A characteristic gross appearance of an extensive ulcerative colitis case, many pseudo-polyps to count!! Hundreds of pseudopolyps can be seen clearly as raised red islands of inflamed mucosa.  Ulcerative colitis is a chronic inflammatory and ulcerative disease that arises from the bowel mucosa and is characterized by bloody diarrhea, pain, and fever. Unlike Crohn’s disease which is characteristically a transmural disease, ulcerative colitis is usually limited to the mucosa and submucosa.  It typically remains localized to the rectum or extends upwards to involve other parts, sometimes the entire colon, as one continuous inflammatory lesion.  The inflammation affects the mucosa and submucosa, and there is a sharp border between normal and affected tissue, as seen above.  The ileocecal valve is seen at the lower left and just above this valve in the cecum is the beginning of the mucosal inflammation with erythema and granularity. As the disease progresses, the mucosal erosions coalesce to linear ulcers that undermine remaining mucosa.  Diagnosis is made by sigmoidoscopy with biopsy. Usually, the disease is chronic with repeated exacerbations and remissions and increased risk of colon cancer proportional to the duration of the disease and amount of colon affected.  Total colectomy is curative of both the intestinal symptoms and of the potential risk of colorectal carcinoma.
Stepped into boiling water!! This is a case of third degree burns on both feet after dipping them in boiling water. The patient is suffering from diabetic peripheral neuropathy and did not feel the burn until it was too late. Photo by @reconst.surg.col
Bang bang to the heart!  This video shows a cardiac gunshot wound with blood spurting out of the ventricle with each contraction of the heart!  Most gunshot wounds to the heart are rapidly lethal because of cardiac tamponade or exsanguinations. The immediate clinical manifestations or cause of death from a retained missile are usually related to cardiac bleeding with or without tamponade. Cardiac results of gunshot injuries are prone to be complex; they create septal shunts, disrupt valves or papillary muscle apparatus, cause pericardial insult, myocardial rupture or might lacerate coronary arteries, particularly the left anterior descending artery.  Such injuries can cause ventricular septal defect or cardiac tamponade depending upon the distance, direction and velocity of the bullet.  The intermediate manifestations of cardiac injury include myocardial infarction with cardiogenic shock, and bullet embolus to a peripheral artery. Late complications include missile erosion through the myocardium, endocarditis, pseudoaneurysm, ventricular septal defect, and valvular damage. Stable patients can be subjected to investigations like computed tomography to avoid unnecessary intervention, but unstable patients should be rushed to the operating room. An urgent surgical intervention and removal of bullet from the heart using cardiopulmonary bypass (CBP) might be necessary to avoid possible complications. The use of CPB for these injuries allows for extensive rotation and retraction of the heart in a bloodless and motionless operative field.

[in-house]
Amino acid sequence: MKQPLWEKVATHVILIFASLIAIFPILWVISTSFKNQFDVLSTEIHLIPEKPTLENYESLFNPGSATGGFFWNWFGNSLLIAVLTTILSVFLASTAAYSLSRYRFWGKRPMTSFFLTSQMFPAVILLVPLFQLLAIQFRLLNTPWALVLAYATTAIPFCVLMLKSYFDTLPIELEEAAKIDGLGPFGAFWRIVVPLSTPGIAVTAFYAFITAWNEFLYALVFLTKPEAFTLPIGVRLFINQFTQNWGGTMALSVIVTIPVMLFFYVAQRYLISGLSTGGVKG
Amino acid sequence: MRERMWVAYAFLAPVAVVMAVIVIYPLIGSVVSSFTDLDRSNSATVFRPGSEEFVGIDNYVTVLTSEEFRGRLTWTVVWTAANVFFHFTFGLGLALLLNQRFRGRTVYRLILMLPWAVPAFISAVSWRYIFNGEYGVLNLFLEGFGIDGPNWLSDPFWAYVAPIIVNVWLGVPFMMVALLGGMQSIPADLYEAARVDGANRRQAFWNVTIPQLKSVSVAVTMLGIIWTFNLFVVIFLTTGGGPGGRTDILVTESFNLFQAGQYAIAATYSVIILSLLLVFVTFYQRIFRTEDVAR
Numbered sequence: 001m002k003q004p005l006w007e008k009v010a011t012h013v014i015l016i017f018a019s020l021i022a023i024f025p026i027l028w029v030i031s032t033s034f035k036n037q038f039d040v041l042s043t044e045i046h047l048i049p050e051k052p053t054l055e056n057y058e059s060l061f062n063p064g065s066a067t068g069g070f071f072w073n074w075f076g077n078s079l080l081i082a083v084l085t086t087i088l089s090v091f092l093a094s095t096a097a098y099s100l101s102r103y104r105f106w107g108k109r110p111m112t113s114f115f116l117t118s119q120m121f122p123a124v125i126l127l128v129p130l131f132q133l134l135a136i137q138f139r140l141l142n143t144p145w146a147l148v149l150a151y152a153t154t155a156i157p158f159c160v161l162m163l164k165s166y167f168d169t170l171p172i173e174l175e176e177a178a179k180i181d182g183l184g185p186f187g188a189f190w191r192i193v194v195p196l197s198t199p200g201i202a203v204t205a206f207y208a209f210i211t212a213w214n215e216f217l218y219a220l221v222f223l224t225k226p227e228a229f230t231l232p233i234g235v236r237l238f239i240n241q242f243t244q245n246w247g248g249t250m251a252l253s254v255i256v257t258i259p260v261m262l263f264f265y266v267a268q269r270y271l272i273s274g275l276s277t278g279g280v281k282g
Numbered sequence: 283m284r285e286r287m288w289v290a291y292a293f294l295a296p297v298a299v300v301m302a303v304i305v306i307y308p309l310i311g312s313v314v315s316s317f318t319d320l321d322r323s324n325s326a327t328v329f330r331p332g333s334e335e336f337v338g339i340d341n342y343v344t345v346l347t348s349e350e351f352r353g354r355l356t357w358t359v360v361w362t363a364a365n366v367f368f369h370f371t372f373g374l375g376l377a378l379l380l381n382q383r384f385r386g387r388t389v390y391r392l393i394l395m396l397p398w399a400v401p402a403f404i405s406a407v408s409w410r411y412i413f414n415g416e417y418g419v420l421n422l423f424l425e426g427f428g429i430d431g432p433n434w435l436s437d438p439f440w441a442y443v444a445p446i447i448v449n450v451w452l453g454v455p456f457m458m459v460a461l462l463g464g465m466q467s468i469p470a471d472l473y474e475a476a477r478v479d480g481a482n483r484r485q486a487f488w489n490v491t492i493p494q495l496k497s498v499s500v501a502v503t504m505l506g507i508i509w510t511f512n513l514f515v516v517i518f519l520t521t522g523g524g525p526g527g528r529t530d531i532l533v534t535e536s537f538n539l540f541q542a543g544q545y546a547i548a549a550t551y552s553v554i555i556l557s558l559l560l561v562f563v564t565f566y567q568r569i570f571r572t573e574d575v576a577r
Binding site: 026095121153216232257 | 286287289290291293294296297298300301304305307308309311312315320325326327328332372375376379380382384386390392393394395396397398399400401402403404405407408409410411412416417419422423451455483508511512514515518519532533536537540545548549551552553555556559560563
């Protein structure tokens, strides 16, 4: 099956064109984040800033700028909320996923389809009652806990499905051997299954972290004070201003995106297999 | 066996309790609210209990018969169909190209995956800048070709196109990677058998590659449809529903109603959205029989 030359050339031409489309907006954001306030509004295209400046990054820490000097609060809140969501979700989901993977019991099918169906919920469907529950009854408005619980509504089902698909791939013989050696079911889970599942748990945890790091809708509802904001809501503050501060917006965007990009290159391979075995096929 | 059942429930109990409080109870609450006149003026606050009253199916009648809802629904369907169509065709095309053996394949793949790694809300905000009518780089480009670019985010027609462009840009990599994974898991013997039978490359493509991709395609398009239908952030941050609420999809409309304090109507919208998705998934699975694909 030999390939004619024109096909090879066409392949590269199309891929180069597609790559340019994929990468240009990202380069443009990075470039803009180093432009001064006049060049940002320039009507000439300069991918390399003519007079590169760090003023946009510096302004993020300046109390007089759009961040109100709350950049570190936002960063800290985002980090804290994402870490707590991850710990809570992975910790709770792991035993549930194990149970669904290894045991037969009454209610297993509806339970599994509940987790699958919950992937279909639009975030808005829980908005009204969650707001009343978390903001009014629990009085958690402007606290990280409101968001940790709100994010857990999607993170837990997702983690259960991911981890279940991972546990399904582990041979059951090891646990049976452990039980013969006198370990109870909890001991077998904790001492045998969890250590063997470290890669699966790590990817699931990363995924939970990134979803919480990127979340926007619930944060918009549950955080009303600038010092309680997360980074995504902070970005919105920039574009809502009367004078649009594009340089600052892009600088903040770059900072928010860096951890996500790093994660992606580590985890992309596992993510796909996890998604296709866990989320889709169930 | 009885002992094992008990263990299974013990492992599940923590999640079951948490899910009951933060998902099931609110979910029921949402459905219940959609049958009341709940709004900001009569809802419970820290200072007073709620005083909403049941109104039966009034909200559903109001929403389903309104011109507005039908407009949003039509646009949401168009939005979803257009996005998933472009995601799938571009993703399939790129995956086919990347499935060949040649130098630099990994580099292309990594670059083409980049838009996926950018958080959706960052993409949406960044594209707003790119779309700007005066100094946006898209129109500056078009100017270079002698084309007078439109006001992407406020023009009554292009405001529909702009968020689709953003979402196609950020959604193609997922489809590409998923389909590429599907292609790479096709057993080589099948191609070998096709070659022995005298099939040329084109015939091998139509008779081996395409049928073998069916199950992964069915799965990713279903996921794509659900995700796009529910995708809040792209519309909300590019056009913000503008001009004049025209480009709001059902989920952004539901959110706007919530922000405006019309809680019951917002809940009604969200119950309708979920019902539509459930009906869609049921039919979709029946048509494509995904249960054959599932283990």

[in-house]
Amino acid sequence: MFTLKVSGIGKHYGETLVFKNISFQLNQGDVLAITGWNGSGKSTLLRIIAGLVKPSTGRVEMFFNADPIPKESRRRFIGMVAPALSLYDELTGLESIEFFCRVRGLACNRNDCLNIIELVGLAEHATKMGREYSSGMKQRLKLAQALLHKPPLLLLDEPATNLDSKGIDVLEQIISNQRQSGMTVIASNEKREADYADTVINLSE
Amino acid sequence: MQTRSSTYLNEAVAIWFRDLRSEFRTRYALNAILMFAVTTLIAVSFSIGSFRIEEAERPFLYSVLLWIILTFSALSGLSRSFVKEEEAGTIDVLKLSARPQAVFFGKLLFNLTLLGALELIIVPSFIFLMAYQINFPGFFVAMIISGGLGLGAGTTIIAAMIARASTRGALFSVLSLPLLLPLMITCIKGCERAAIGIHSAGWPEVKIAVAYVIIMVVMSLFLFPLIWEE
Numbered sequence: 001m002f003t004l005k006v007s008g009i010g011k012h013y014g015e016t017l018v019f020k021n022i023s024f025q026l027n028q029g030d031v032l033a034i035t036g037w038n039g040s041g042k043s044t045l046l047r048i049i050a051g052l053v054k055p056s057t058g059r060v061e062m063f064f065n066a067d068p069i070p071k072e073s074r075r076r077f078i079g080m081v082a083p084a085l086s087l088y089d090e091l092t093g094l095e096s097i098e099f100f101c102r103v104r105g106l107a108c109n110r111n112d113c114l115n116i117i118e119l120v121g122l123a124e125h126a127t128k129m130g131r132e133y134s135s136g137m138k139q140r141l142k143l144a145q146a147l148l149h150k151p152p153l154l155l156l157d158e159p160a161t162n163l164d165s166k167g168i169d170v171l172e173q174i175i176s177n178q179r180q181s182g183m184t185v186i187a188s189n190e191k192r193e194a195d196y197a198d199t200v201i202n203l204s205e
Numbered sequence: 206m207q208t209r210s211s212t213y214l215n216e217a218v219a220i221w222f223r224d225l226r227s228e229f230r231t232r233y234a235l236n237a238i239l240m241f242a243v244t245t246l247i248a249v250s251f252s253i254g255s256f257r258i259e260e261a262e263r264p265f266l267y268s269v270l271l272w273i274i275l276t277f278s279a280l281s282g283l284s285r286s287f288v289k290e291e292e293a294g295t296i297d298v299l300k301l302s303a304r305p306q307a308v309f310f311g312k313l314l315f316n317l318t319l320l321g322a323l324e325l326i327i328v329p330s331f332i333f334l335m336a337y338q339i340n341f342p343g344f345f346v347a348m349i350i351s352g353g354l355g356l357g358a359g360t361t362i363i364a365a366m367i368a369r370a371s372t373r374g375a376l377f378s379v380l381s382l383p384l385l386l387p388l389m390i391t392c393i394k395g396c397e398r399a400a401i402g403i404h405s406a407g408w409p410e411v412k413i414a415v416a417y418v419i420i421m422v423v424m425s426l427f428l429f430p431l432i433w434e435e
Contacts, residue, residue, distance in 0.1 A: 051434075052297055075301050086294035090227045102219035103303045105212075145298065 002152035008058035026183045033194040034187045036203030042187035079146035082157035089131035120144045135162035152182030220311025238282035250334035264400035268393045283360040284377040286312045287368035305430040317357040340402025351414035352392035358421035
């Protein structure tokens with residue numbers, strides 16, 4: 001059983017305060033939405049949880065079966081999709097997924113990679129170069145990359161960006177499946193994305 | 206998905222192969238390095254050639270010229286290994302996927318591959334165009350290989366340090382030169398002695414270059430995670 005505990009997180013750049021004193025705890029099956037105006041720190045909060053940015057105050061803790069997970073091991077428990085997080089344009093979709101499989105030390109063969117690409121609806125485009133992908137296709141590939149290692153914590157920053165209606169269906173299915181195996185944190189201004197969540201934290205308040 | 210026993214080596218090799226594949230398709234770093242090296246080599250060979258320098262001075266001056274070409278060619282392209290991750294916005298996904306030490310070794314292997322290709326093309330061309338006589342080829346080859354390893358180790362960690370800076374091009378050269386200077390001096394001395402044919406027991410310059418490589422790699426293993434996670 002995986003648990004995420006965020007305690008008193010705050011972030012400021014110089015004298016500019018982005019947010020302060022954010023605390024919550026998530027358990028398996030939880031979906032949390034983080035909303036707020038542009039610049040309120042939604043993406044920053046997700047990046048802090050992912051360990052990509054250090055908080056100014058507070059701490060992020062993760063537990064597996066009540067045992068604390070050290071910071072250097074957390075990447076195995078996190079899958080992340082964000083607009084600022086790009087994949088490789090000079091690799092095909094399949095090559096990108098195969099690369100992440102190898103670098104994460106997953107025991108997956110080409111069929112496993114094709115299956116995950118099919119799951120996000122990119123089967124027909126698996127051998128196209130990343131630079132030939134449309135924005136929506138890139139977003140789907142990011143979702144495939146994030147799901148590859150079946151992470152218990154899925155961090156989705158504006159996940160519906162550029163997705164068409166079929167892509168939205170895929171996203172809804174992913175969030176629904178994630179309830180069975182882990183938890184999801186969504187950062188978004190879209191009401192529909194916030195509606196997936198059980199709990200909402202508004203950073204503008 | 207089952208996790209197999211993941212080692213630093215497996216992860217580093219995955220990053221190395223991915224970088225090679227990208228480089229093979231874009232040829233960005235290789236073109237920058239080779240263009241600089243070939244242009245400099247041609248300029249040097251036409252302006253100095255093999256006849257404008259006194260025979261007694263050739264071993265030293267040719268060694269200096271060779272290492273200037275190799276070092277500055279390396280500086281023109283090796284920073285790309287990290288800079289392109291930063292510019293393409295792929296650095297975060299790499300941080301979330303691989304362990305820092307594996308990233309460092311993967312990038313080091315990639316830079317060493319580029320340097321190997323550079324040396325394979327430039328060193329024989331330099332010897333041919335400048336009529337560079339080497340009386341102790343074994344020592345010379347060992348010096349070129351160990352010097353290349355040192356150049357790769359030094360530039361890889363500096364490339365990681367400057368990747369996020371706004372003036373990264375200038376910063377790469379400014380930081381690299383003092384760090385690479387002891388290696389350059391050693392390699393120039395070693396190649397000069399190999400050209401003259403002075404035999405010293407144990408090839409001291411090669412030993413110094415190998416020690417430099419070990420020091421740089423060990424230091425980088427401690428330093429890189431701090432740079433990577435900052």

Necrotising fasciitis by a “flesh-eating bacteria”!! This is the foot of a 57-year-old male with a past medical history of type 2 diabetes mellitus, hypertension, alcohol abuse, significant tobacco abuse, and depression. He said that he has been living in the woods and homeless and staying at friends places when he could. His foot started hurting about 4 months ago but he just thought it was his diabetes. He doesn’t have any extra clothes so he just keeps his socks on and really hasn’t looked at his feet in 4 months according to him. He also was rendered immobile and unable to walk on it secondary to pain. At presentation he was septic with necrotizing fasciitis. His foot literally smelled so bad they had to put a fan outside his room to blow the smell back in his room with air fresheners all over. Necrotizing fasciitis is a life-threatening, rapidly progressive subcutaneous soft-tissue infection that may extend to the deep fascia, but is superficial to muscles, and is accompanied by secondary necrosis of subcutaneous tissue. It is referred to as the "flesh-eating infection/bacteria”, commonly caused by anaerobic bacteria or group A streptococci (pyogenes), but it can be a polymicrobial infection with both aerobic and anaerobic organisms too. The infection typically enters the body through a break in the skin such as a cut or burn. Clinical manifestations include sepsis and fever with an area of erythema.  When progressed, the tissue begins to turn necrotic and into gangrene, which appears gray/black. It spreads quickly and aggressively from the primary  infected area and beyond and can result in amputation, shock, and death if not treated by a combination of surgical exploration, debridement (removing necrotic tissue), and appropriate antibiotic therapy.  Credit and further antibiotic discussion found at @pance_panre_usmle_review